War of the Rebellion: Serial 084 Page 0402 Chapter LIII. LOUISIANA AND THE TRANS-MISSISSIPPI.

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commanding officer of the regiment. The brigadier-general commanding desires to express his thanks to the officers and men of the company for their faithful performance of duty and so testify to their high military discipline while acting as his escort.

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By order of Brigadier General E. A. Carr:

C. H. DYER,

Assistant Adjutant-General.

HEADQUARTERS DISTRICT OF LITTLE ROCK,

Little Rock, Ark., July 26, 1864.

[Lieutenant Colonel W. D. GREEN,

Assistant Adjutant-General:]

COLONEL: I would respectfully recommend that requisitions be made for guns to mount in the permanent works in this district. I have no ordnance officer, and I think that the best officer to make the requisitions would be the ordnance officer of the department, as being more permanent than any other and having every convenience for receiving and issuing. I would suggest about eighteen guns for the defenses of Little Rock, twelve to be at least as heavy as 30-pounders, six for the defenses of Devall's Bluff, 20, 24, or 30 pounders (these not to be allowed to come to Little Rock to be shipped back), four or six for the defenses of Pine Bluff, 20, 24, or 30 pounders. In case of an attack from the enemy a powerful artillery will be a most important means of defense, and if the troops should move the field batteries will have to go with the army, in which case the presence of heavy batteries will produce a moral and, if necessary, a physical effect of great advantage.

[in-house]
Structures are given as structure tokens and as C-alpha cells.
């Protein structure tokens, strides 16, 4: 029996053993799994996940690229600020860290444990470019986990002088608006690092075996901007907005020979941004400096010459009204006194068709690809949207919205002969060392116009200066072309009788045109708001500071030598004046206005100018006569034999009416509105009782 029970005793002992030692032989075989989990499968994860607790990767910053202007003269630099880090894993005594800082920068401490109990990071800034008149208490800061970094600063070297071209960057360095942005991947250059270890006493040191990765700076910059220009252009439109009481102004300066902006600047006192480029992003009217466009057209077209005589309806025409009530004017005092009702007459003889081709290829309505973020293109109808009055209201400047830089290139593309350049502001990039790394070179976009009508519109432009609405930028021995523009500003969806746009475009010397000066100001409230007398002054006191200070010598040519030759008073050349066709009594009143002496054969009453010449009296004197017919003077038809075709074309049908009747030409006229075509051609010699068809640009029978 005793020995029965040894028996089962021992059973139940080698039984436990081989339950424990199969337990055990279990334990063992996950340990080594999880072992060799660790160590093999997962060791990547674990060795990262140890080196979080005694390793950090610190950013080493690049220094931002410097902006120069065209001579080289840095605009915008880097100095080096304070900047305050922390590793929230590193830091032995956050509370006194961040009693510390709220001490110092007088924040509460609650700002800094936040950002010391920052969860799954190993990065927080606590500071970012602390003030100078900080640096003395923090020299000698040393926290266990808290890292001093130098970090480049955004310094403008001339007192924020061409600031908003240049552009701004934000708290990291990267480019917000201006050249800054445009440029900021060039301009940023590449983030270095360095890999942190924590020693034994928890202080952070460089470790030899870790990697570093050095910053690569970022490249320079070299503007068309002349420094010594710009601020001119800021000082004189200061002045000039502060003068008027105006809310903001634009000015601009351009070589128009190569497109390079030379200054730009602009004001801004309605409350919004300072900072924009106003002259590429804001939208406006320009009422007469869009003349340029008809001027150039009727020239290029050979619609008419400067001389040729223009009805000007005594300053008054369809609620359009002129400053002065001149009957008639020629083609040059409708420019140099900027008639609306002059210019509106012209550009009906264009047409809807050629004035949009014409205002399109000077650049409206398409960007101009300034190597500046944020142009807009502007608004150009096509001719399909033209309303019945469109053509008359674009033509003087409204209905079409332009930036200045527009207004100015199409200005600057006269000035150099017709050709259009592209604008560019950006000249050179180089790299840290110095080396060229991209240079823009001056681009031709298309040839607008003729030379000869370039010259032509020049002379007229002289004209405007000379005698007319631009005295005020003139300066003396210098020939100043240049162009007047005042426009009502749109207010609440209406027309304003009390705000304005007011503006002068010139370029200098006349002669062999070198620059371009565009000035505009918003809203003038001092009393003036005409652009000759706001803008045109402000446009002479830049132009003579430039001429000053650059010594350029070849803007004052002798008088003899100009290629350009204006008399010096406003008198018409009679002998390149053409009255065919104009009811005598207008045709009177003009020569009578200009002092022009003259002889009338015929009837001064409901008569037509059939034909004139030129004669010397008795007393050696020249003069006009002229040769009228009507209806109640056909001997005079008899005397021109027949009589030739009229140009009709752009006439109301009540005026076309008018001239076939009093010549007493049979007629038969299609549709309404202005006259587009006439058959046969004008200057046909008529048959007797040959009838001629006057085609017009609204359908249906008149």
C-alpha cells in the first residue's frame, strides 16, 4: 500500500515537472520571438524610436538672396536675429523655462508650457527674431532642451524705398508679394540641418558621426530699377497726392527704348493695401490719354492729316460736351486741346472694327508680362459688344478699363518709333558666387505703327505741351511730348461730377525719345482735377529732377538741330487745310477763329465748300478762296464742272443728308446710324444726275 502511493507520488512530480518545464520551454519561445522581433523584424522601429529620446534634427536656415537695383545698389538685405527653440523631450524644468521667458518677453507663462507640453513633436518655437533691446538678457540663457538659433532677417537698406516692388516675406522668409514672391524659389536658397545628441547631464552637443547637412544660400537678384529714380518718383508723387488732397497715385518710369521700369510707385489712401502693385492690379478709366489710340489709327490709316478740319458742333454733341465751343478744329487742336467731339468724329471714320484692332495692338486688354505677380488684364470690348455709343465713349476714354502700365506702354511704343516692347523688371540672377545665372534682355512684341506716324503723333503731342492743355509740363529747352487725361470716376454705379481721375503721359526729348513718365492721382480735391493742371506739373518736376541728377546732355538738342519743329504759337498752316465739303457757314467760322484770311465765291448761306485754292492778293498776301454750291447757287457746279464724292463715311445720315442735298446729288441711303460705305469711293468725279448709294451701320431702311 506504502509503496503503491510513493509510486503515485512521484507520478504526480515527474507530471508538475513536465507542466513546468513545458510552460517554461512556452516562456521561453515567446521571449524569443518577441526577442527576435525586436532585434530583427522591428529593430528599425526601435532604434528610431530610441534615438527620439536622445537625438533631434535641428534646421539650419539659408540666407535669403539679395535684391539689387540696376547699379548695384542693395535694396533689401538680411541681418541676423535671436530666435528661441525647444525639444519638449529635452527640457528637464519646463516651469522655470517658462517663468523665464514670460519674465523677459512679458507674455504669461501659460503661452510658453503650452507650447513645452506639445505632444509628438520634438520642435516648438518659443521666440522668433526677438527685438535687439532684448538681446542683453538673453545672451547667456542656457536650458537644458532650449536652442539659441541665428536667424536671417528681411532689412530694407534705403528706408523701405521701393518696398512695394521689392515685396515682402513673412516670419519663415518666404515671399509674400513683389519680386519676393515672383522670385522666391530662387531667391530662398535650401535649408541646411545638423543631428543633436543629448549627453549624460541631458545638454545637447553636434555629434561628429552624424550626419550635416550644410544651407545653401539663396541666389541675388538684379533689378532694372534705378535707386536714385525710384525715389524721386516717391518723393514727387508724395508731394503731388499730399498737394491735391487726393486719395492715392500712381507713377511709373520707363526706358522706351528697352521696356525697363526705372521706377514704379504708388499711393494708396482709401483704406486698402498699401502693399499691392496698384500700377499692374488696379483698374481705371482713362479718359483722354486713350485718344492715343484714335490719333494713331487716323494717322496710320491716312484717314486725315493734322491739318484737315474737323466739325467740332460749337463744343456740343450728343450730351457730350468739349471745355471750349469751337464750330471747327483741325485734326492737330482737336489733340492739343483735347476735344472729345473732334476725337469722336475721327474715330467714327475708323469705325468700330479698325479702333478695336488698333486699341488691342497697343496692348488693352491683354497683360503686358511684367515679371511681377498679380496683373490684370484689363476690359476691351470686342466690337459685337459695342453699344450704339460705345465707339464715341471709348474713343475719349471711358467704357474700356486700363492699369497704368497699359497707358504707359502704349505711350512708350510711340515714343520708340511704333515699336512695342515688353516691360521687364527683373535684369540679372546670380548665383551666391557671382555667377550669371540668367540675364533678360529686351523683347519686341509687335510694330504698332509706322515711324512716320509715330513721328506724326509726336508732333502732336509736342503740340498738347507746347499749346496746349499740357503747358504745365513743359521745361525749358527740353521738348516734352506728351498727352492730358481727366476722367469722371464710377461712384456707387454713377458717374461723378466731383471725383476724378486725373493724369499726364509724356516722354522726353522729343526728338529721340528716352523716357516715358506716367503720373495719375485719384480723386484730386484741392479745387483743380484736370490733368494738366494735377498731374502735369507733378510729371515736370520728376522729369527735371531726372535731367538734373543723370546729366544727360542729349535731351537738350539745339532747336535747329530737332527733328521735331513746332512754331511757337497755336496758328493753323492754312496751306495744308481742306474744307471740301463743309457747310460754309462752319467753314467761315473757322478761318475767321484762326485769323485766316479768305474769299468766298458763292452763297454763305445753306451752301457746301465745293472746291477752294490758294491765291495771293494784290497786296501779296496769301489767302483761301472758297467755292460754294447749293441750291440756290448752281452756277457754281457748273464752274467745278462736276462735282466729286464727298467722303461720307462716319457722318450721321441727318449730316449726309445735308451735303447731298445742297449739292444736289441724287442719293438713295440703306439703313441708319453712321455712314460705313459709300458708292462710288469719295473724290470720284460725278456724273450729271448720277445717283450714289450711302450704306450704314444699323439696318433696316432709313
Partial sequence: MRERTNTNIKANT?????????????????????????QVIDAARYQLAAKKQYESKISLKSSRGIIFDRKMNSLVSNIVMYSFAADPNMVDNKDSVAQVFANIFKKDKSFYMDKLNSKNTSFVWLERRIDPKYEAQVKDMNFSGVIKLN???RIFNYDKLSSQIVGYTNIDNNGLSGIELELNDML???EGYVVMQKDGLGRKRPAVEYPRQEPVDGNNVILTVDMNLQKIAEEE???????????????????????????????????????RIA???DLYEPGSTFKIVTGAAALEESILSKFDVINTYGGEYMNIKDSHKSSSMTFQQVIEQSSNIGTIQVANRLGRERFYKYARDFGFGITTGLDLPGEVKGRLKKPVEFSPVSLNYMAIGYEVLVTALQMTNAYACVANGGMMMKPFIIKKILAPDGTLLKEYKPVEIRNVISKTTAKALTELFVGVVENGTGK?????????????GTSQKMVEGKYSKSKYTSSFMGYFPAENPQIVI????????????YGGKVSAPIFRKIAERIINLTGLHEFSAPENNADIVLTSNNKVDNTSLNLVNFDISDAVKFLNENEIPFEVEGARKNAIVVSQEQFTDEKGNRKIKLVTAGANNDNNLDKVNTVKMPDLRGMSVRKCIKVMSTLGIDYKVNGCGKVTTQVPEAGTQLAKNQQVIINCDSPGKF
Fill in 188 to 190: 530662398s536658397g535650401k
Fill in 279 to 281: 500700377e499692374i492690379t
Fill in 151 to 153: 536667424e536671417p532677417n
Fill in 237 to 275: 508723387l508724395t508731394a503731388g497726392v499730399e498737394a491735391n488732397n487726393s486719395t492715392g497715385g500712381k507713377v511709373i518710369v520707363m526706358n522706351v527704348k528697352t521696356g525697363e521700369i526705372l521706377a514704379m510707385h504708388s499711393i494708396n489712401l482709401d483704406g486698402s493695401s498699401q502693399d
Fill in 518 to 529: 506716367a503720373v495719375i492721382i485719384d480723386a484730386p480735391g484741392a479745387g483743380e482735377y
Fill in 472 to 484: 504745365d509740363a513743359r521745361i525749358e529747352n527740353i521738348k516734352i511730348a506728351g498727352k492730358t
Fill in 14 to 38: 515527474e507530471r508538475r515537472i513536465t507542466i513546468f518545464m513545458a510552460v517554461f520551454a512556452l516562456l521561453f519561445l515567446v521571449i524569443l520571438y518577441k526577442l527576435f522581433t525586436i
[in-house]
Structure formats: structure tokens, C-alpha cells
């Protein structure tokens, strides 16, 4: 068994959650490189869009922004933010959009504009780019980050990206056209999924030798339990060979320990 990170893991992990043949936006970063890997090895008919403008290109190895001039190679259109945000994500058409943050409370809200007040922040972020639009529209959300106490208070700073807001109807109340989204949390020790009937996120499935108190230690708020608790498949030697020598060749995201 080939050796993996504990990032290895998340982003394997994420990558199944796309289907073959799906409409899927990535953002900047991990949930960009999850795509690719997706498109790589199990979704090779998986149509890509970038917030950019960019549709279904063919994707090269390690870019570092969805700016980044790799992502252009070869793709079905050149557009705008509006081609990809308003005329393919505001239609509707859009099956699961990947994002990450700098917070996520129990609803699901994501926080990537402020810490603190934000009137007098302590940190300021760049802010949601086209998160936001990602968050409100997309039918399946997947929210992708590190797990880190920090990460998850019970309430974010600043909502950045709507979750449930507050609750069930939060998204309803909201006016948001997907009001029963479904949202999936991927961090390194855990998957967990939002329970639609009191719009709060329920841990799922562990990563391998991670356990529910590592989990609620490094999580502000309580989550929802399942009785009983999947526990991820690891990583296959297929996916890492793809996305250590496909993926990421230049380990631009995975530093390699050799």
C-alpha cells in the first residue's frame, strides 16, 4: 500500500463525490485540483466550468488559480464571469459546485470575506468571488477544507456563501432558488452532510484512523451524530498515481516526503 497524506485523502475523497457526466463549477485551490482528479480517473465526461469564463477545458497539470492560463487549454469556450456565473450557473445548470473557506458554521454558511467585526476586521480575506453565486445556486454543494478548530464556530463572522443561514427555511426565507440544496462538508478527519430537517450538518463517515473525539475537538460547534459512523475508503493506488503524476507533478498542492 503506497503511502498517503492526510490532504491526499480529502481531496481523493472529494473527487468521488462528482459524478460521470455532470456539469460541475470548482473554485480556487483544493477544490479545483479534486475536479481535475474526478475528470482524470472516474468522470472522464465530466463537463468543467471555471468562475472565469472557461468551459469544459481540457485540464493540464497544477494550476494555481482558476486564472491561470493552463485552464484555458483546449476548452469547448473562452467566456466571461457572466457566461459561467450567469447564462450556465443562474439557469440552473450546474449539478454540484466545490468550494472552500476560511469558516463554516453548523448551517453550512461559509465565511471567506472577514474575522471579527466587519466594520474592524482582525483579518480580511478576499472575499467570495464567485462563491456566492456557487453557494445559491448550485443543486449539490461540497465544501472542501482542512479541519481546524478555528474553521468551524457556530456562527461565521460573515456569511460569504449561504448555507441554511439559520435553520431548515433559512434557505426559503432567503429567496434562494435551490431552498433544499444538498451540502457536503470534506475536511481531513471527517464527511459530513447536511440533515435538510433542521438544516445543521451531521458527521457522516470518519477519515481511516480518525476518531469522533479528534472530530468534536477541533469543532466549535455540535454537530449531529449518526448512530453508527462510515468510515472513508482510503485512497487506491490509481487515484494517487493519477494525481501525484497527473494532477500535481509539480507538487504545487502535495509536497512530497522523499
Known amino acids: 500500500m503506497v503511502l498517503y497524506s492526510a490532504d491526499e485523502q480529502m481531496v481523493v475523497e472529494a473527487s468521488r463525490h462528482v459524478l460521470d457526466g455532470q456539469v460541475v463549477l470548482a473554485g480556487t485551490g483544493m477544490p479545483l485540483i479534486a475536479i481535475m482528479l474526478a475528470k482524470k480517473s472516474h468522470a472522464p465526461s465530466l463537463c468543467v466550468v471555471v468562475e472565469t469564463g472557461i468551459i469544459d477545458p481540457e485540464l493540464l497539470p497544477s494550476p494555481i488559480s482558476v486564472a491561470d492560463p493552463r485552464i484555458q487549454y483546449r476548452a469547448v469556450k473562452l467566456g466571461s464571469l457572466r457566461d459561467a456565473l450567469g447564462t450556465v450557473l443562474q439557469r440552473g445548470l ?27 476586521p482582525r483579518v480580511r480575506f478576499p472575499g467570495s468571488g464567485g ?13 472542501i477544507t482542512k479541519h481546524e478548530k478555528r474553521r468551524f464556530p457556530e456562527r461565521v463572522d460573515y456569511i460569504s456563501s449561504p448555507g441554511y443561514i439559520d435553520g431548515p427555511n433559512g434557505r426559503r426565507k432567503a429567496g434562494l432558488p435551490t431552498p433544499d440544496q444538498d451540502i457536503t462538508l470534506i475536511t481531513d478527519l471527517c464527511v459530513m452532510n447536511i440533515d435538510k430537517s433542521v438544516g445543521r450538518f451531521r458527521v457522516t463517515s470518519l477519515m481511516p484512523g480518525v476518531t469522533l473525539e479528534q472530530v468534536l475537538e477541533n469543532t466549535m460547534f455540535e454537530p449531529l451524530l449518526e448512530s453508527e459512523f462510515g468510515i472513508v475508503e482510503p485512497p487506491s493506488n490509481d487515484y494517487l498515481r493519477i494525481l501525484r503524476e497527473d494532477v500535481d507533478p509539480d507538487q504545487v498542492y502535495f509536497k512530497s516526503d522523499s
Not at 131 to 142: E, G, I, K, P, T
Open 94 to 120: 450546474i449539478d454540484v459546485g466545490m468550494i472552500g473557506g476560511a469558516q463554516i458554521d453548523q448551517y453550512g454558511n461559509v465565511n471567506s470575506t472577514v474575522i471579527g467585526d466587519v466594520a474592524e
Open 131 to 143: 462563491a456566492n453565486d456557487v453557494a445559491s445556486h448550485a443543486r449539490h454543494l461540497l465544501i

E. A. CARR,

Brigadier-General, Commanding.

GENERAL ORDERS,

HDQRS. FIRST DIV., 7TH ARMY CORPS, Numbers 20.

Little Rock, Ark., July 26, 1864.

The undersigned hereby assumes command of the First Division, Seventh Army Corps.

CYRUS BUSSEY,

Brigadier-General, Commanding.

DEVALL'S BLUFF, July 26, 1864-8.30 a. m.

Captain C. H. DYER:

A general court-martial for trial of cases in cavalry regiments, ordered by General Steele, has just convened here. I think the best protection to the railroad is to keep the country well scouted from twenty to forty miles from it, which can be done if the cavalry is here. It seems to me if the cavalry remained here ten days longer even, it could get into better condition as to shoeing horses, &c., and the rifle-pits could progress faster. I shall certainly have no means for scouting unless another regiment besides the Third Michigan is left here. It takes 209 men a day for picket and four squadrons for Remount Camp.

C. C. ANDREWS,

Brigadier-General.